Authorities said Friday that they had arrested two men and a woman and charged them with murder in the fatal shooting of a Baltimore man who was reported kidnapped, then found dead hours later in Annapolis.

The three suspects were identified as Jamar Davon Fincher, 36, Monae Monik Fincher, 35, and Marquis Mayo, 35, all of Baltimore, Annapolis Police said in a news release.

The Finchers were arrested April 4 in Baltimore, and Mayo was arrested in the city the following day. According to police charging documents, the Finchers were divorced and he had recently been released from prison after serving time for armed robbery.

The three are charged with first degree murder and related charges in the death of David Winchester Jr., 47, of Baltimore, police said. The Office of the Chief Medical Examiner ruled his death a homicide by shooting.

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Jamar Fincher also is charged with kidnapping, first- and second-degree assault, firearm use and illegal possession of a firearm, the charging documents say.

Arrest records for the two other suspects were not immediately available Friday afternoon.

The Finchers were being held without bail in the Jennifer Road Detention Center in Annapolis; Mayo was waiting his initial hearing before the District Court Commissioner.

Annapolis Police worked jointly with Baltimore Police to investigate the killing of Winchester, whose mother had reported him kidnapped in the early morning hours of March 28.

Baltimore Police officers responded to a report of a home invasion in the Southwest District at 12:45 a.m., police said in a tweet.

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Winchester’s mother told police that she heard a knock on the door and someone on the other side told her that her son was in the trunk of his vehicle and demanded that she open the door, according to charging documents. When she opened the door, a masked man brandished a handgun, pointing it at her face.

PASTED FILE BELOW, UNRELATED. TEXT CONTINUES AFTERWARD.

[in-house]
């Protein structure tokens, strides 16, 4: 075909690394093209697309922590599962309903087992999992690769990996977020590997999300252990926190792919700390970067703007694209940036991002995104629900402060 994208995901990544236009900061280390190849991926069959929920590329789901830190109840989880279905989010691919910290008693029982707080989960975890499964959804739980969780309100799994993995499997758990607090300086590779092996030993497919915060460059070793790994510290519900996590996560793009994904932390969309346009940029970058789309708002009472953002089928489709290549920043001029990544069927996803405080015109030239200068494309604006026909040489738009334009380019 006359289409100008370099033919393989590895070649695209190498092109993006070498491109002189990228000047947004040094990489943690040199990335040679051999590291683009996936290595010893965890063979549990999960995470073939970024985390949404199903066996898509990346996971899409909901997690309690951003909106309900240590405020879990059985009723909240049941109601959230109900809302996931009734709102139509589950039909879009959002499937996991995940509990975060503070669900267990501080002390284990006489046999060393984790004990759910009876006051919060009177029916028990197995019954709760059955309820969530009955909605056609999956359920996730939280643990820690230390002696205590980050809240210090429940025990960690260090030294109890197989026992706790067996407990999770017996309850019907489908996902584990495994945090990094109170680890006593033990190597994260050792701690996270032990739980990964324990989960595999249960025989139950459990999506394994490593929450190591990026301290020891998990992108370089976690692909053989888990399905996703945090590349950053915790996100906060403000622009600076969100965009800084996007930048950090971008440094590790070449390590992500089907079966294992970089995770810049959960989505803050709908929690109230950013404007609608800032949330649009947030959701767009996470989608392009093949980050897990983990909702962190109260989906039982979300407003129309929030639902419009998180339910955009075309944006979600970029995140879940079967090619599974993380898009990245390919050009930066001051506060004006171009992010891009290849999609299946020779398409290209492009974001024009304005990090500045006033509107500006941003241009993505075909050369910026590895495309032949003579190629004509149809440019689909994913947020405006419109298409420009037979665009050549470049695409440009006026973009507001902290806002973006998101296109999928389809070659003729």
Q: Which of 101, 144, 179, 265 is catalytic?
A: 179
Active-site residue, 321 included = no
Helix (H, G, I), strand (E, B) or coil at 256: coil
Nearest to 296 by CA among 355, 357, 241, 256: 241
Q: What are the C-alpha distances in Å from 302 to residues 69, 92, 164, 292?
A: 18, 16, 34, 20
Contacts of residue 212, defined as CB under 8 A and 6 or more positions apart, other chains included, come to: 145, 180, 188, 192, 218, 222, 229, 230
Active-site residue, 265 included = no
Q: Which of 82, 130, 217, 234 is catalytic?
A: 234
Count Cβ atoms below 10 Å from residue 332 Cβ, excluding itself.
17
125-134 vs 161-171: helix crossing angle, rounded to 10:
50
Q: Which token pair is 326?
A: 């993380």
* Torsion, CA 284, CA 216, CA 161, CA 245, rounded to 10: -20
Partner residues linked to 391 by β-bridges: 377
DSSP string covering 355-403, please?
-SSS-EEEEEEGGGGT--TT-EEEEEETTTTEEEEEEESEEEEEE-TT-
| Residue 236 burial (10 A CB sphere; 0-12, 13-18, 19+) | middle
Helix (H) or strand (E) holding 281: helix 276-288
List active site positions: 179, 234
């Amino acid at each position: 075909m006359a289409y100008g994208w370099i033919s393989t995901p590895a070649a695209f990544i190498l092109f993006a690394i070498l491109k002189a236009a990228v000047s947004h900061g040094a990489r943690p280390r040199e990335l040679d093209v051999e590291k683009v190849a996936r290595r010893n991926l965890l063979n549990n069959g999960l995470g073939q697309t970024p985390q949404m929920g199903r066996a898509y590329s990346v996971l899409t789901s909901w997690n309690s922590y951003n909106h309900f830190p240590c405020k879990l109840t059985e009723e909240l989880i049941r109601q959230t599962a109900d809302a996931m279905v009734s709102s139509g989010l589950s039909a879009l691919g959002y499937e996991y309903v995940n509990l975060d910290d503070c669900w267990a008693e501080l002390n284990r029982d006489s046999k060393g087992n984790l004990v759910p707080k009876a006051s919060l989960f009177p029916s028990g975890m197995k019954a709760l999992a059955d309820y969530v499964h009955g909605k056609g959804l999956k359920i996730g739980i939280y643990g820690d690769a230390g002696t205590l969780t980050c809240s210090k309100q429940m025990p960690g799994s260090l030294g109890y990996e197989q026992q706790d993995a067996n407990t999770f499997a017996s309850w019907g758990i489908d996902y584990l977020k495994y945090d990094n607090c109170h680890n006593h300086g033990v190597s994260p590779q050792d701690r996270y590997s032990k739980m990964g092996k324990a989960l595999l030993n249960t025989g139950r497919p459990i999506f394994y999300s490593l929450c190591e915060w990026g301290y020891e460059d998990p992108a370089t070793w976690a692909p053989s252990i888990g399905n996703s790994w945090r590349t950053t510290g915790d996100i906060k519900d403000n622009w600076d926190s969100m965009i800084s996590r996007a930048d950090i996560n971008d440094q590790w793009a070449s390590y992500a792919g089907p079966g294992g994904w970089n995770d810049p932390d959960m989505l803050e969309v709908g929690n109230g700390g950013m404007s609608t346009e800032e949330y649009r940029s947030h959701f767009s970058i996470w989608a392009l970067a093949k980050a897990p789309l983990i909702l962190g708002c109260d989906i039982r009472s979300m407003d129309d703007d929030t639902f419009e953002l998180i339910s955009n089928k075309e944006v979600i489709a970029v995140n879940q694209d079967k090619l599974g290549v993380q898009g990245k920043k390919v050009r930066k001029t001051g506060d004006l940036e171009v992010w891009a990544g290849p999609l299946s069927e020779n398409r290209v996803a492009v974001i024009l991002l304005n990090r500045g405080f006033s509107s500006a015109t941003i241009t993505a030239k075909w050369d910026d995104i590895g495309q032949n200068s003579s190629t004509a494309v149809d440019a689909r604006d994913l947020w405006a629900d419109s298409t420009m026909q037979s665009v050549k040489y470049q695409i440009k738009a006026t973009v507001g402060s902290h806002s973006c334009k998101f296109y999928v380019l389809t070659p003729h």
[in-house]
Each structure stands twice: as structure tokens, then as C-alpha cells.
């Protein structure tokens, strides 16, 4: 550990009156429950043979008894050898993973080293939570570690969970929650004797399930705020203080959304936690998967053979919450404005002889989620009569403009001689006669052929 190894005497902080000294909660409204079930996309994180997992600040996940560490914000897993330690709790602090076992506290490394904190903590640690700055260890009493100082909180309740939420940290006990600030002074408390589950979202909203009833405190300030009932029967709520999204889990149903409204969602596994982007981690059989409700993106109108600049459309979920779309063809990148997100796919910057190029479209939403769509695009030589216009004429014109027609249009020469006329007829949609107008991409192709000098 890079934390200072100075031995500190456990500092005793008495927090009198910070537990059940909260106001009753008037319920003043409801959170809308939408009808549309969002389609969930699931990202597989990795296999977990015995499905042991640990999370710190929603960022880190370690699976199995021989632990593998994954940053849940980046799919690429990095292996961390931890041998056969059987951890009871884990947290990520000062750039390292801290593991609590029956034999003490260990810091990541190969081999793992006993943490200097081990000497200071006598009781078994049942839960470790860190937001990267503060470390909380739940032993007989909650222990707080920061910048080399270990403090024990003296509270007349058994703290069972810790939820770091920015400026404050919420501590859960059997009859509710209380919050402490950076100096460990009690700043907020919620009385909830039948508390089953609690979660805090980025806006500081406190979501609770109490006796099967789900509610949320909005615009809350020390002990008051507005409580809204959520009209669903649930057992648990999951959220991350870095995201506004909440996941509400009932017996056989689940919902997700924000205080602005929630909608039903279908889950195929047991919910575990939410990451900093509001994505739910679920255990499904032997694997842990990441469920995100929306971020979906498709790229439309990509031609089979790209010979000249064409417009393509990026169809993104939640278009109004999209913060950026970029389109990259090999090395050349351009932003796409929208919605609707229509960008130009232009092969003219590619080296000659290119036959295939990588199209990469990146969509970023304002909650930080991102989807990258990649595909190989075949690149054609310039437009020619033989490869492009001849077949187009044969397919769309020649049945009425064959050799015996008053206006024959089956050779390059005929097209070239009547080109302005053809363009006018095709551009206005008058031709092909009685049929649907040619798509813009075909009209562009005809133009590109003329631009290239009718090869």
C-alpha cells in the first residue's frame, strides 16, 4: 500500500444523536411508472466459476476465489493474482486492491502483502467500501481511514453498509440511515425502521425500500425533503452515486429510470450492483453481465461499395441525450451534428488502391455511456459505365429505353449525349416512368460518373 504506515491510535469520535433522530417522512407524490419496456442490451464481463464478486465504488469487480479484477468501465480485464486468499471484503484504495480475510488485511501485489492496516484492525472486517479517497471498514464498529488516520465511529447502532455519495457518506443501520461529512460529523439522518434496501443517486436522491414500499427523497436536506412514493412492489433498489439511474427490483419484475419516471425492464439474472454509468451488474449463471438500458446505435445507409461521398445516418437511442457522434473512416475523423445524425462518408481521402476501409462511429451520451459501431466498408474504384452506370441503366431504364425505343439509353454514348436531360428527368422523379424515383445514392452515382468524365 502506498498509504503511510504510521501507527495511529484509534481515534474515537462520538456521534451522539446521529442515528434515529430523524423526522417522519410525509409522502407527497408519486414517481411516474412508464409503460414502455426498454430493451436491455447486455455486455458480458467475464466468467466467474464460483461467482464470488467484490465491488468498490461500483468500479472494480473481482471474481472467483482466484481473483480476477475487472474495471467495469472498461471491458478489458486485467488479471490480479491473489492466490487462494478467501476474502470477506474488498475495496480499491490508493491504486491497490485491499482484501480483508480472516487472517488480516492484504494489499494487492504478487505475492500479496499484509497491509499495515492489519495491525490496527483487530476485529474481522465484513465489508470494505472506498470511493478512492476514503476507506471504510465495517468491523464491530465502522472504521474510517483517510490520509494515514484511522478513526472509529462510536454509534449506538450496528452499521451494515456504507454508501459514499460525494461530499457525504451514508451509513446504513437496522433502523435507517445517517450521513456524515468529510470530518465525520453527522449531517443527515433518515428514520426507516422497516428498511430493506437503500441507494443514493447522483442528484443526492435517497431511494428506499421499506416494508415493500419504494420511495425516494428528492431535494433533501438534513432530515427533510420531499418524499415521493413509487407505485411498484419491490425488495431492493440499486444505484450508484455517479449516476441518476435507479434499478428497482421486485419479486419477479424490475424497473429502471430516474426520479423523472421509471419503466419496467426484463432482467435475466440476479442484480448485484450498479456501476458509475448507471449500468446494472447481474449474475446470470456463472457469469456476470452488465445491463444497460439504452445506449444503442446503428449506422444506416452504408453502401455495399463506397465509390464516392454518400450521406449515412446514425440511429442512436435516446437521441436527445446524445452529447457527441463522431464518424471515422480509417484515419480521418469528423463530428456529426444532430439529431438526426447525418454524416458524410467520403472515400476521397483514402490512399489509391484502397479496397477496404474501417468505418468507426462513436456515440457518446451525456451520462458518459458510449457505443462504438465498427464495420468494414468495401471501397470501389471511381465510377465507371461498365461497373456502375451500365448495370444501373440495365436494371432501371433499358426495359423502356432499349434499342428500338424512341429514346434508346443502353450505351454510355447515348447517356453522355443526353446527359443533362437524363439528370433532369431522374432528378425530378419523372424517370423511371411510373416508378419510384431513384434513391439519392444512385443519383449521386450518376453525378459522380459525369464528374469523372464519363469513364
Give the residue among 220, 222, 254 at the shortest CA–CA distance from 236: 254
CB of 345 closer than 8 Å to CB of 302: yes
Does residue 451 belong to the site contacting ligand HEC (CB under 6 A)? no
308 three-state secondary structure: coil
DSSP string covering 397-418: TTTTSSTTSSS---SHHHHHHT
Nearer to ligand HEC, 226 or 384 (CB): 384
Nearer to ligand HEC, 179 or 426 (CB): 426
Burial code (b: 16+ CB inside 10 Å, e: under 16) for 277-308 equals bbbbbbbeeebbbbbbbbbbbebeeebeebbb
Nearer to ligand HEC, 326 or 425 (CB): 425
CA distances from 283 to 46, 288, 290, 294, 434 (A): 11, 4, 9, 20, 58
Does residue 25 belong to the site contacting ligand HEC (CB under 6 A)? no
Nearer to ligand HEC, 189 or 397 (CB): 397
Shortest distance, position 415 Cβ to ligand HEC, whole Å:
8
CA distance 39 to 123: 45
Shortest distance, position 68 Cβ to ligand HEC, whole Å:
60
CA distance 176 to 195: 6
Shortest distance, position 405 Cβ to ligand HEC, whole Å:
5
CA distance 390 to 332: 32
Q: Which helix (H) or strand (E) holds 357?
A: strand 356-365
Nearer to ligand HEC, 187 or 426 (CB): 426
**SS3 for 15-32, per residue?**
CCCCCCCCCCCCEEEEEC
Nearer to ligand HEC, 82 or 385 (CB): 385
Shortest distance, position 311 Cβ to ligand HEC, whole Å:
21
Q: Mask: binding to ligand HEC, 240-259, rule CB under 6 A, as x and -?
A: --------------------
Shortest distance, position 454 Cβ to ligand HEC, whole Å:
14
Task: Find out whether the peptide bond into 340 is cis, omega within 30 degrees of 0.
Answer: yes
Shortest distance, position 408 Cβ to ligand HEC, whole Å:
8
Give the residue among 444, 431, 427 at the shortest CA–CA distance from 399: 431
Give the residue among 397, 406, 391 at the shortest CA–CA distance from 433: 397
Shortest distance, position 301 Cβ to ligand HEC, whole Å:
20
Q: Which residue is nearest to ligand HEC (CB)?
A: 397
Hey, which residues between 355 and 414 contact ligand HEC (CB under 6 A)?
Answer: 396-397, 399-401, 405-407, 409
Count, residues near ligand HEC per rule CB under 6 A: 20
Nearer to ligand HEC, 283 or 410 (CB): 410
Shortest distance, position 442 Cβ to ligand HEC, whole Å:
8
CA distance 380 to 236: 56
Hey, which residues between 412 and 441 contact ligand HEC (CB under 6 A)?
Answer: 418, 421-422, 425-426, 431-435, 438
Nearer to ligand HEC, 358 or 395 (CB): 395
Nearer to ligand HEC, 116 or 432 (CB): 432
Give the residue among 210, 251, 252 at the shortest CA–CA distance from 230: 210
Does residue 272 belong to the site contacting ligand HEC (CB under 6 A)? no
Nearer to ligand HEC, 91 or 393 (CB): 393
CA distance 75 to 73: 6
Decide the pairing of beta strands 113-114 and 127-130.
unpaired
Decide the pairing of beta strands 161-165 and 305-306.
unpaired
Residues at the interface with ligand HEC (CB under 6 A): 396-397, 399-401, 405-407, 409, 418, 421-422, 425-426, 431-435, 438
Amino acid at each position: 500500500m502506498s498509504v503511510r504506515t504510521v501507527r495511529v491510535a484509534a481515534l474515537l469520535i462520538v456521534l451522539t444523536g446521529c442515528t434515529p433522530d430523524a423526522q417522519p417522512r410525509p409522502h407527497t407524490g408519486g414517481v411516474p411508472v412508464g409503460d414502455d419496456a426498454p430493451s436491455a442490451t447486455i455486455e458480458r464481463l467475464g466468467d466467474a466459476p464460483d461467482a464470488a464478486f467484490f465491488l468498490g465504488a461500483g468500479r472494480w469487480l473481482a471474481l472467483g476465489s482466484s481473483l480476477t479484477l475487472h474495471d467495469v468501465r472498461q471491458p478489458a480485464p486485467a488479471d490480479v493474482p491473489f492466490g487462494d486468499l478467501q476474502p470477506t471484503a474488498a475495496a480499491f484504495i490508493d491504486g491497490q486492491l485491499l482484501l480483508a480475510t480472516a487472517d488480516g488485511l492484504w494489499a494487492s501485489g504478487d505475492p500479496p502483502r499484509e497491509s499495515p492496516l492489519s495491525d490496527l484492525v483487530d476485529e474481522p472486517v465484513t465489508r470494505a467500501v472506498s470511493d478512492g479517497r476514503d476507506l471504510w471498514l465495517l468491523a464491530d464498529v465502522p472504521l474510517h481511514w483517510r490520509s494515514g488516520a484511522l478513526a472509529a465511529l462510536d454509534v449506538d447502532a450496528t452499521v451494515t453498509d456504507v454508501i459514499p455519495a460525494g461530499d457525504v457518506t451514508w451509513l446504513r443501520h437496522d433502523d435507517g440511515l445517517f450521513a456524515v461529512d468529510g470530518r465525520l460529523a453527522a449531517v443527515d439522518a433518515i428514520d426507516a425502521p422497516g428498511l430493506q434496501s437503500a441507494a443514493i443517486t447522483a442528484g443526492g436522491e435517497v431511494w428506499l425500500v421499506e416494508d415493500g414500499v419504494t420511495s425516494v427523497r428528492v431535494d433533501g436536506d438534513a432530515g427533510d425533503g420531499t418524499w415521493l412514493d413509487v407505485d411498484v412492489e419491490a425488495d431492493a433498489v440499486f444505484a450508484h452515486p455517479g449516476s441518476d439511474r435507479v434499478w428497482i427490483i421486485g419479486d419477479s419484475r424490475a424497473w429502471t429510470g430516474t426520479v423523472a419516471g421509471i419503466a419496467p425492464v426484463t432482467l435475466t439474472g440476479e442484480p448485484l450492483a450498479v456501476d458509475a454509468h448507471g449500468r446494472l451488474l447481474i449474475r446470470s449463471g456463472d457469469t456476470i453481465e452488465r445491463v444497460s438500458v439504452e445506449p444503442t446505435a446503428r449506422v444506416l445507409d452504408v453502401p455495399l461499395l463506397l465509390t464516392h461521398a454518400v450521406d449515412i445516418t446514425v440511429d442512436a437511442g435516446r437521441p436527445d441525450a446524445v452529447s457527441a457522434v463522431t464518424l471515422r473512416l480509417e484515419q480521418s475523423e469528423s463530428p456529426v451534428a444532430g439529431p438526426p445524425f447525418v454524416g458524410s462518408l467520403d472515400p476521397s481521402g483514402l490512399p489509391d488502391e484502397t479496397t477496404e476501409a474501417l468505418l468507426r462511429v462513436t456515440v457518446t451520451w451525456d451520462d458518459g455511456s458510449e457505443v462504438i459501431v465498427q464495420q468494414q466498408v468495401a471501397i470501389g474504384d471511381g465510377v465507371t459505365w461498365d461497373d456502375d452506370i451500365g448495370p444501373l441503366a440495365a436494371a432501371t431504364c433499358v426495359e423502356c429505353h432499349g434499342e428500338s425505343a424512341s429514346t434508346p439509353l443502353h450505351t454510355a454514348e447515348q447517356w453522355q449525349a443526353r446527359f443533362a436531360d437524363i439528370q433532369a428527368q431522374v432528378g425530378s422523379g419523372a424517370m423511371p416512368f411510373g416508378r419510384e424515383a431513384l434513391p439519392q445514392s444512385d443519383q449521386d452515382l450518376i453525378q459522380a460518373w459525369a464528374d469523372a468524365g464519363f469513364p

The man pushed his way into the home, followed by another masked man, who was wielding an AR rifle.

Winchester’s sister heard commotion downstairs and went to see what was happening. The two men demanded money, and the sister ran upstairs and locked herself in a bedroom.

“My children are up here!” Winchester’s sister said.

One of the men shot two bullets through the bedroom door. No one was harmed.

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The mother ran over to the stairs to see what had happened, and the intruder with the AR rifle grabbed her and said he would kill her, according to charging documents.

The two men then left the house, telling the mother that they intended to kill her son, charging documents said. They parked Winchester’s vehicle and drove away in a blue car, police said.

Nearly eight hours later, Annapolis Police officers were dispatched to a wooded area in the 900 block of Spa Road, where they found a dead man. It was Winchester.

“At this time it appears Mr. Winchester was abducted by unknown suspects in Baltimore on March 28th,” Annapolis Police said in a news release the next day.

Winchester was found face-down and lying on his pants. He had been shot twice in the head, according to charging documents.

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Annapolis Police Department detectives later obtained security camera footage from nearby Bates Middle School. On the footage, detectives saw a car’s headlights turn into the track and field parking lot, and two quick flashes. Shortly afterward, the vehicle’s headlights were turned on and it left the scene.

Nearby residents reported hearing “two pops” around the same time.

License plate readers and closed-circuit cameras captured Monae Fincher’s blue Mitsubishi Eclipse Cross traveling on West Street in Annapolis prior to the shooting, and then seemingly headed out of the city on Taylor Avenue afterward, charging documents said.

Investigators also used GPS data from Jamar Fincher’s cell phone to place him at the Safari nightclub in Baltimore at the same time as the victim, and later at the scene of the home invasion and on Spa Road in Annapolis at the time of the killing, police said

Abby Zimmardi is a reporter covering Howard County for The Baltimore Banner. Zimmardi earned her master’s degree from the University of Maryland’s Philip Merrill College of Journalism in December 2022.

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